A Grain of Love
The BSPB campaign for winter songbirds feeding
We are so used to them that we take their presence in the background for granted and see them as a constant in our everyday life. The truth is that we, humans, depend on their survival. In all ecosystems the individual links are interconnected and the disappearance or the destruction of even one leads to disharmony. An example of that can be found in our capital, Sofia: we all love the chestnut trees which adorn the parks and the central streets and are symbolic for the city. They act as the lungs of the city and provide the much needed fresh air, coolness and shade in the summer. The chestnut trees host a big variety of inhabitants – insects, rodents and birds. We see some of these inhabitants as a positive presence, while others we consider pests. Perhaps you have noticed that in the last decade the chestnut trees in Sofia turn yellow in the very beginning of summer and their leaves fall off in June. This is caused by the leaf-miner – a species of moth whose larvae destroy the leaves. Its only natural enemies discovered so far are the birds from the tit family. They are recognized as nature’s caretakers. The Great Tit in particular is widespread and is capable of consuming a huge amount of insects – it devours its own weight in insects daily. In the period of raising the young one family of tits can consume up to several hundred kilograms of insects!
One would think that birds can survive by themselves and do not need our help. The truth is revealed to some extent by the data gathered by the BSPB with the Common Bird Monitoring Scheme. Its analysis reveals some alarming tendencies. Over the last six years the number of House Sparrows has decreased with 42%; for the Collared Dove – with 35%; for the Jay – with 30%; for the Blackbird – with 22%; and for the Great Tit – with 13%.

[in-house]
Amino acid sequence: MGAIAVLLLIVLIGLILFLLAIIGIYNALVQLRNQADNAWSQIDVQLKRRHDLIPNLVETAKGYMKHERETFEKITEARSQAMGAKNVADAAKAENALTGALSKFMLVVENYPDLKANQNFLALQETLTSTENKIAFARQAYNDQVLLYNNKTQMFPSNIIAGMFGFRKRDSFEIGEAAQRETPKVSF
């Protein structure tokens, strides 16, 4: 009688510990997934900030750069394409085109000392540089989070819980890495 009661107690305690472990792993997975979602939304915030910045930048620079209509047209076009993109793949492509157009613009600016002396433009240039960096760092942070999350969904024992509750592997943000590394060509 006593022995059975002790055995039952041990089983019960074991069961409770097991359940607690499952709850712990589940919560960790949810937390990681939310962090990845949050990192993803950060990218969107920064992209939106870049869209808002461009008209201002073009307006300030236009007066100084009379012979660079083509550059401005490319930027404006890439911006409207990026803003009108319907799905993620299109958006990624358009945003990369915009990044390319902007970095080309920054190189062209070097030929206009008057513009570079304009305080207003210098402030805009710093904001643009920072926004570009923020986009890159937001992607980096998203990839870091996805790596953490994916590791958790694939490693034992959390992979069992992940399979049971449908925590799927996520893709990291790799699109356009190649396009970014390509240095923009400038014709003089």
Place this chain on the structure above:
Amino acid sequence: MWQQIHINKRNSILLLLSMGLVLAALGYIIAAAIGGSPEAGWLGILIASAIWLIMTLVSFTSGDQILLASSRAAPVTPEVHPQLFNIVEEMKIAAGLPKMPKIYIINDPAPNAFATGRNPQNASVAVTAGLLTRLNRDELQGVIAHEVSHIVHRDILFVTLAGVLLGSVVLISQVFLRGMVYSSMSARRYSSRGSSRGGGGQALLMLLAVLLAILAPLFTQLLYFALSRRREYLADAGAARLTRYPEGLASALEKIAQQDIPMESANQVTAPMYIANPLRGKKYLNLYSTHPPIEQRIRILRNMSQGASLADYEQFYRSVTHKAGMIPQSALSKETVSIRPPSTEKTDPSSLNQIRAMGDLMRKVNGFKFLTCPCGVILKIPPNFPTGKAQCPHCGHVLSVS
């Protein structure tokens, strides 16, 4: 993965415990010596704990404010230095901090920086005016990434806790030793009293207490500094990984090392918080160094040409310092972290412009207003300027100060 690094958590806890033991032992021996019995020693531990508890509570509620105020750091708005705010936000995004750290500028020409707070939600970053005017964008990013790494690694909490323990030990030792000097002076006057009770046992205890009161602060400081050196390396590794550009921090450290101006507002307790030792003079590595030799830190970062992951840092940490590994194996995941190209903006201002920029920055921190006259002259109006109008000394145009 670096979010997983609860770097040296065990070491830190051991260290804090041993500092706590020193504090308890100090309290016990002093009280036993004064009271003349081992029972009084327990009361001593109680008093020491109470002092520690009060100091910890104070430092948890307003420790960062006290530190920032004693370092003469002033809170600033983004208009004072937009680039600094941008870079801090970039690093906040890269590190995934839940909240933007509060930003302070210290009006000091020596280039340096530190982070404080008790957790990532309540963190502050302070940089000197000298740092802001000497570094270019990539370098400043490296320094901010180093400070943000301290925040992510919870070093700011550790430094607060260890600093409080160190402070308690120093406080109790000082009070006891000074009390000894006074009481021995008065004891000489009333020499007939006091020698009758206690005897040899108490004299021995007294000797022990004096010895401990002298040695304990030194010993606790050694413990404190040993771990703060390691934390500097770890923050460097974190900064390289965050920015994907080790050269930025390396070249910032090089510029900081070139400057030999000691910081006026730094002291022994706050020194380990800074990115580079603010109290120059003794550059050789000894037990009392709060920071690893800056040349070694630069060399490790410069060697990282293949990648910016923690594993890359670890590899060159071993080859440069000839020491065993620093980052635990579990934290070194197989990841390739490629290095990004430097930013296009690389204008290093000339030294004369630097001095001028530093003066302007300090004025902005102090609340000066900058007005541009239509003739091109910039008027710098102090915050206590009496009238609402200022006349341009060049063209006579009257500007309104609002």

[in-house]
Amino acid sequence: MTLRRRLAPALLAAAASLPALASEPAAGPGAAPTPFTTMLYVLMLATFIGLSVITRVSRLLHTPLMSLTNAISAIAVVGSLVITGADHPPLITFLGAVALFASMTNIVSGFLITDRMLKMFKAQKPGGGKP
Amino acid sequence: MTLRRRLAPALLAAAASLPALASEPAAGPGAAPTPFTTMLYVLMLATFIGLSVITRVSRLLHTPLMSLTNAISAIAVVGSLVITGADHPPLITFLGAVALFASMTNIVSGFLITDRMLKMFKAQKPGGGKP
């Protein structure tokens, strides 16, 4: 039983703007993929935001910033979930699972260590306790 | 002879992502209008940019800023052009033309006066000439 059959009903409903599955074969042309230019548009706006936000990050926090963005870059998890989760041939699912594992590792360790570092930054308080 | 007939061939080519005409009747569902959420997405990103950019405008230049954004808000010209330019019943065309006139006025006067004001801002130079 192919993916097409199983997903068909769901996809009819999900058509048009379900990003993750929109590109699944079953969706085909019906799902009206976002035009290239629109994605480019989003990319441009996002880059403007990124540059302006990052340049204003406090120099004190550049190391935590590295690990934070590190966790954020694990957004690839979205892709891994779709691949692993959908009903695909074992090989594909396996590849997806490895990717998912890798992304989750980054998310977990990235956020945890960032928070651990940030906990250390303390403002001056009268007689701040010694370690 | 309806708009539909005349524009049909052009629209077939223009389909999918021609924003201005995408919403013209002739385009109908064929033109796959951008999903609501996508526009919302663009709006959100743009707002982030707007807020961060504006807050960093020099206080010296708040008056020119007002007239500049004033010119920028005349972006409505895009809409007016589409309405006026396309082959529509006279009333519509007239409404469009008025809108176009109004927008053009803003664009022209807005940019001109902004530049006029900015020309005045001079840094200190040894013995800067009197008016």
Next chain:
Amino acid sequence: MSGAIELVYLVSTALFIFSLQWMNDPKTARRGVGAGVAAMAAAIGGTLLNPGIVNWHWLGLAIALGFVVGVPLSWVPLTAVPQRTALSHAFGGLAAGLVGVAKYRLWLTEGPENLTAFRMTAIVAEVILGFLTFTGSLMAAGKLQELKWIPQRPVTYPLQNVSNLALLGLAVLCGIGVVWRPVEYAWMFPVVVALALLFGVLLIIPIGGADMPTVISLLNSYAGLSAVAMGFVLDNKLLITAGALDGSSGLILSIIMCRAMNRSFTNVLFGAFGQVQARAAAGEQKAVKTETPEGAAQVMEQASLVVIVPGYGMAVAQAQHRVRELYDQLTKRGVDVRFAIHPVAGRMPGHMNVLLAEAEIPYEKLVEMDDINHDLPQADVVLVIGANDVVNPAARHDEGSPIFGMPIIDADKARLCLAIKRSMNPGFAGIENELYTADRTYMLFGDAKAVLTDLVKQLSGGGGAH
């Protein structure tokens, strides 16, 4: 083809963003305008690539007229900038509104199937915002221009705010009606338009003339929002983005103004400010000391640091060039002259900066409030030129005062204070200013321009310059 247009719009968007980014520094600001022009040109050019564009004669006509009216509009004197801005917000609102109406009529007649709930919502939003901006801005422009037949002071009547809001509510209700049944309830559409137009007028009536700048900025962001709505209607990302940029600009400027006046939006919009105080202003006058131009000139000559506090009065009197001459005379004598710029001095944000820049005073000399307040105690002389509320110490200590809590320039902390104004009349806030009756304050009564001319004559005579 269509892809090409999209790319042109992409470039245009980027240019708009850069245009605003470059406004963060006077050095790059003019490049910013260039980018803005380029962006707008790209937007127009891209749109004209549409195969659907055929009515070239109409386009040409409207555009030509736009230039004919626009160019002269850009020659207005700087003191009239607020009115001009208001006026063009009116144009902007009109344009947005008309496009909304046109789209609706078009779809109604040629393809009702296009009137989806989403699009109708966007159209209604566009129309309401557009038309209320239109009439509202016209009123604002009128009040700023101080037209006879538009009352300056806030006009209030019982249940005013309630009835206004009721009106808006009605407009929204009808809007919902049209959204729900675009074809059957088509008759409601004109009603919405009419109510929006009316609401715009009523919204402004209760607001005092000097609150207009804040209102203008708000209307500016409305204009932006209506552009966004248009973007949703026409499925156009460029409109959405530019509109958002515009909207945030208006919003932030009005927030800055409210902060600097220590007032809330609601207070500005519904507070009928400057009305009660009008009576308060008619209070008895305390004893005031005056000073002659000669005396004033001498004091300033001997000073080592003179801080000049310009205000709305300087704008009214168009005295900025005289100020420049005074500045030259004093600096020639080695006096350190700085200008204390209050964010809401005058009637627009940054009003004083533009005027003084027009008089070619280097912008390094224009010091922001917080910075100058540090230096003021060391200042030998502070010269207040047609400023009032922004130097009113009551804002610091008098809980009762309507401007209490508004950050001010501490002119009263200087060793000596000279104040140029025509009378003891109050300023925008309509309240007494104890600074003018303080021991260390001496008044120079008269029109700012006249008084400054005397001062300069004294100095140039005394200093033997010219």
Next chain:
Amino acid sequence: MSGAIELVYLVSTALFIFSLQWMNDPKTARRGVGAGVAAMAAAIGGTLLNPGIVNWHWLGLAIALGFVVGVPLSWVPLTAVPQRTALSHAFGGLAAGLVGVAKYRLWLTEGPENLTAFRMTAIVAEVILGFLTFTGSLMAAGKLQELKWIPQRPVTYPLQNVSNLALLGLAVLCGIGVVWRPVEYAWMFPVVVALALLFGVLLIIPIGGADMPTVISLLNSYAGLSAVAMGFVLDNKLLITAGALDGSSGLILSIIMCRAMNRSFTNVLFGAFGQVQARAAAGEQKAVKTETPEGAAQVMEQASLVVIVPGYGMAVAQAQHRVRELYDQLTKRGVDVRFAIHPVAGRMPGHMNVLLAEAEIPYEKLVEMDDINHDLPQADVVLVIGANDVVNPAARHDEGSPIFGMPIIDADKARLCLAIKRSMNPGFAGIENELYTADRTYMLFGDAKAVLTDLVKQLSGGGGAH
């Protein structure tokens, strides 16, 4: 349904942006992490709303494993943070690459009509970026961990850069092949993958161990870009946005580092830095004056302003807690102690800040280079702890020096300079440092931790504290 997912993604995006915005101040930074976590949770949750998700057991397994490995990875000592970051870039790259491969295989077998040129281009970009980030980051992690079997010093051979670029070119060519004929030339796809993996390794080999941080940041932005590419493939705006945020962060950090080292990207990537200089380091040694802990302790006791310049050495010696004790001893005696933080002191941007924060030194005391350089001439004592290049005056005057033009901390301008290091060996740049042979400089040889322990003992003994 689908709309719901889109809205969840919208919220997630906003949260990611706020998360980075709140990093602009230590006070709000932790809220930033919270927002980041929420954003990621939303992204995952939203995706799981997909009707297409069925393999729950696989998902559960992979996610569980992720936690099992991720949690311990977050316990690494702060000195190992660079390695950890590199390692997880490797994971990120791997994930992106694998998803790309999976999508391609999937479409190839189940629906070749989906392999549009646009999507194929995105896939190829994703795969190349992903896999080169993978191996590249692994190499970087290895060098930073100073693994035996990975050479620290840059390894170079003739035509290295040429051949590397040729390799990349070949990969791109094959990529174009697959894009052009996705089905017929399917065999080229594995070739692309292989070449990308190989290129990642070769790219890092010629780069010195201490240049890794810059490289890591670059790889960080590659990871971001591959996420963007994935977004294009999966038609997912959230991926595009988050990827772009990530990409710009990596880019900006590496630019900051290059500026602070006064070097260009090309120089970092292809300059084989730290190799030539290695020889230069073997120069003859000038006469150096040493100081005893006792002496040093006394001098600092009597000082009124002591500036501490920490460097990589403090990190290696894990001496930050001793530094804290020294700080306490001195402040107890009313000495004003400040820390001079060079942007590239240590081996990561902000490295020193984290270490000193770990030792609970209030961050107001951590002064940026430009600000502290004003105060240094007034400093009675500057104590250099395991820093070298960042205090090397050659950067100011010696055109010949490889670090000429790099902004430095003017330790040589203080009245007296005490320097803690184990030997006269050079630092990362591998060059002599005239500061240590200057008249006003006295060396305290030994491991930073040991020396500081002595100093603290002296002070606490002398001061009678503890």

Would Sofia be the next European capital to lose its entire population of House Sparrows in the same manner as this happened in London and Paris? This depends on us all…
In order to help the uncommon ‘common’ birds that spend the winter close to us, we started the campaign “A Grain of Love”. The initiative is open to everyone. Either by donating or by putting up a bird feeder for the winter you can help our feathered neighbours survive the winter in the cities, towns and villages.
What does winter feeding mean?
Well, it’s simple. Some well-known birds – such as tits, woodpeckers, sparrows, robins, jays etc., do not migrate south and spend the winter in Bulgaria. Their survival in the cold months is harsh, especially when it starts snowing. The cold means that they need a lot of energy to keep their bodies warm. And we, humans, can help them obtain that energy. How? By giving them a handful of seeds. That is why the BSPB launched a series of events to put feeders in parks and city gardens, and in front of public and office buildings.
How can I participate?
1. Make a bird feeder. This year we plan an even greater campaign to include all nature-lovers from all across the country. To join us you just need to make a bird feeder from a used plastic bottle and put it up on your balcony, in the garden or in the nearest park; then you need to supply it regularly with sunflower seeds. Note that they must be raw and unsalted. Sunflower seeds are the most appropriate food for the species of songbirds which spend the winter in our country and can be found easily at reasonable prices.
2. Make a donation for the winter feeding. You can donate money or raw sunflower seeds to the BSPB. Last year we raised more than 700 lev through a fund-raiser on the For Bulgaria platform, and through two charity bazaars in the city of Dobritch. We invested the money in sunflower seeds which went to feeders across the country. The BSPB organized over 40 events – workshops for making feeders from recycled materials and presentations in 11 cities. As a result from the workshops more than 400 feeders were made and put up for the birds.
3. Pass the idea on. Share it with your friends, on the social networks, present a friend with a feeder, organize a workshop in your kid’s kindergarten or school – you are free to find the best way for you personally to help us spread the idea and find new supporters. Do not forget that when we are many, we can make a real difference. Because every grain we give to our birds is a grain of love!